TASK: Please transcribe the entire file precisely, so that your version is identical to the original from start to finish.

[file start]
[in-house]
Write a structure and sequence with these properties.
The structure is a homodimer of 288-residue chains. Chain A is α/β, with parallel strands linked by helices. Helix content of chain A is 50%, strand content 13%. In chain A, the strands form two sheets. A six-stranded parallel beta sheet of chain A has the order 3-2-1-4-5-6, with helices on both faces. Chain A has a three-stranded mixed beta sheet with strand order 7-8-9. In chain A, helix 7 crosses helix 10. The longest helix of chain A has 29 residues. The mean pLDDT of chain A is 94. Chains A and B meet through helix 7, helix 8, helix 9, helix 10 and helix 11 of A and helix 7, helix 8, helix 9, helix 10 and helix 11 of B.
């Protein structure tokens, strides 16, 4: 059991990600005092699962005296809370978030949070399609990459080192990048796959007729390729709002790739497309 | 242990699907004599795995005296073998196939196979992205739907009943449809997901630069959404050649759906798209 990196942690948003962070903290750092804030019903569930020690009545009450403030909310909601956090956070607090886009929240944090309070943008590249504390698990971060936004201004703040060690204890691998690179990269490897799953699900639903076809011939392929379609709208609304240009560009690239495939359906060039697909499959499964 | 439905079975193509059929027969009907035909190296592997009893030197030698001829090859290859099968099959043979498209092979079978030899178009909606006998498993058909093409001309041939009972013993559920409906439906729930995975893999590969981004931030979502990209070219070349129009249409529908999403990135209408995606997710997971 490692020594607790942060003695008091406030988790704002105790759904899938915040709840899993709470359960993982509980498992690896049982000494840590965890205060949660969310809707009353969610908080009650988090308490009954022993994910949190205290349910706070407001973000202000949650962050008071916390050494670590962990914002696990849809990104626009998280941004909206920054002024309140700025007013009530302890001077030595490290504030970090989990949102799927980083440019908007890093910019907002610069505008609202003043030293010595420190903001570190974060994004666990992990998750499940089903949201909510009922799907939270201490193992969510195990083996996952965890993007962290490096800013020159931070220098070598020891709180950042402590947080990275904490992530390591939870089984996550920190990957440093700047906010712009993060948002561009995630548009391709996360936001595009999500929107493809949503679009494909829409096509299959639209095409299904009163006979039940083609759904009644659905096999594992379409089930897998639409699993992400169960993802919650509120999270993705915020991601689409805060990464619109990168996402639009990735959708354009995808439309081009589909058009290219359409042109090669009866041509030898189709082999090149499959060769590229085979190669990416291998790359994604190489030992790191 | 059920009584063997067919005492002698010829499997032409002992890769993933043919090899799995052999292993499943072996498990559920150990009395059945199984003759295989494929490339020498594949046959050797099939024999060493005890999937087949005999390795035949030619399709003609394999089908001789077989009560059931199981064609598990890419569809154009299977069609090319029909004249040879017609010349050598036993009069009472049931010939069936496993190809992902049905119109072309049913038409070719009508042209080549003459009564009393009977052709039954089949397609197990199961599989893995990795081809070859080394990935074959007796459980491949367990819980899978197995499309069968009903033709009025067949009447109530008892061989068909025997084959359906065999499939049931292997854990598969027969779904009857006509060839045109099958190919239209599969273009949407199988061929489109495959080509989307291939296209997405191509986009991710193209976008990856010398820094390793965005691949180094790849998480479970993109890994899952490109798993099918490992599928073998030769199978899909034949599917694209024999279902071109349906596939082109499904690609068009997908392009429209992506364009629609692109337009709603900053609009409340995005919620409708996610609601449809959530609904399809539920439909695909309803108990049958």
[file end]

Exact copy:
[in-house]
Write a structure and sequence with these properties.
The structure is a homodimer of 288-residue chains. Chain A is α/β, with parallel strands linked by helices. Helix content of chain A is 50%, strand content 13%. In chain A, the strands form two sheets. A six-stranded parallel beta sheet of chain A has the order 3-2-1-4-5-6, with helices on both faces. Chain A has a three-stranded mixed beta sheet with strand order 7-8-9. In chain A, helix 7 crosses helix 10. The longest helix of chain A has 29 residues. The mean pLDDT of chain A is 94. Chains A and B meet through helix 7, helix 8, helix 9, helix 10 and helix 11 of A and helix 7, helix 8, helix 9, helix 10 and helix 11 of B.
């Protein structure tokens, strides 16, 4: 059991990600005092699962005296809370978030949070399609990459080192990048796959007729390729709002790739497309 | 242990699907004599795995005296073998196939196979992205739907009943449809997901630069959404050649759906798209 990196942690948003962070903290750092804030019903569930020690009545009450403030909310909601956090956070607090886009929240944090309070943008590249504390698990971060936004201004703040060690204890691998690179990269490897799953699900639903076809011939392929379609709208609304240009560009690239495939359906060039697909499959499964 | 439905079975193509059929027969009907035909190296592997009893030197030698001829090859290859099968099959043979498209092979079978030899178009909606006998498993058909093409001309041939009972013993559920409906439906729930995975893999590969981004931030979502990209070219070349129009249409529908999403990135209408995606997710997971 490692020594607790942060003695008091406030988790704002105790759904899938915040709840899993709470359960993982509980498992690896049982000494840590965890205060949660969310809707009353969610908080009650988090308490009954022993994910949190205290349910706070407001973000202000949650962050008071916390050494670590962990914002696990849809990104626009998280941004909206920054002024309140700025007013009530302890001077030595490290504030970090989990949102799927980083440019908007890093910019907002610069505008609202003043030293010595420190903001570190974060994004666990992990998750499940089903949201909510009922799907939270201490193992969510195990083996996952965890993007962290490096800013020159931070220098070598020891709180950042402590947080990275904490992530390591939870089984996550920190990957440093700047906010712009993060948002561009995630548009391709996360936001595009999500929107493809949503679009494909829409096509299959639209095409299904009163006979039940083609759904009644659905096999594992379409089930897998639409699993992400169960993802919650509120999270993705915020991601689409805060990464619109990168996402639009990735959708354009995808439309081009589909058009290219359409042109090669009866041509030898189709082999090149499959060769590229085979190669990416291998790359994604190489030992790191 | 059920009584063997067919005492002698010829499997032409002992890769993933043919090899799995052999292993499943072996498990559920150990009395059945199984003759295989494929490339020498594949046959050797099939024999060493005890999937087949005999390795035949030619399709003609394999089908001789077989009560059931199981064609598990890419569809154009299977069609090319029909004249040879017609010349050598036993009069009472049931010939069936496993190809992902049905119109072309049913038409070719009508042209080549003459009564009393009977052709039954089949397609197990199961599989893995990795081809070859080394990935074959007796459980491949367990819980899978197995499309069968009903033709009025067949009447109530008892061989068909025997084959359906065999499939049931292997854990598969027969779904009857006509060839045109099958190919239209599969273009949407199988061929489109495959080509989307291939296209997405191509986009991710193209976008990856010398820094390793965005691949180094790849998480479970993109890994899952490109798993099918490992599928073998030769199978899909034949599917694209024999279902071109349906596939082109499904690609068009997908392009429209992506364009629609692109337009709603900053609009409340995005919620409708996610609601449809959530609904399809539920439909695909309803108990049958």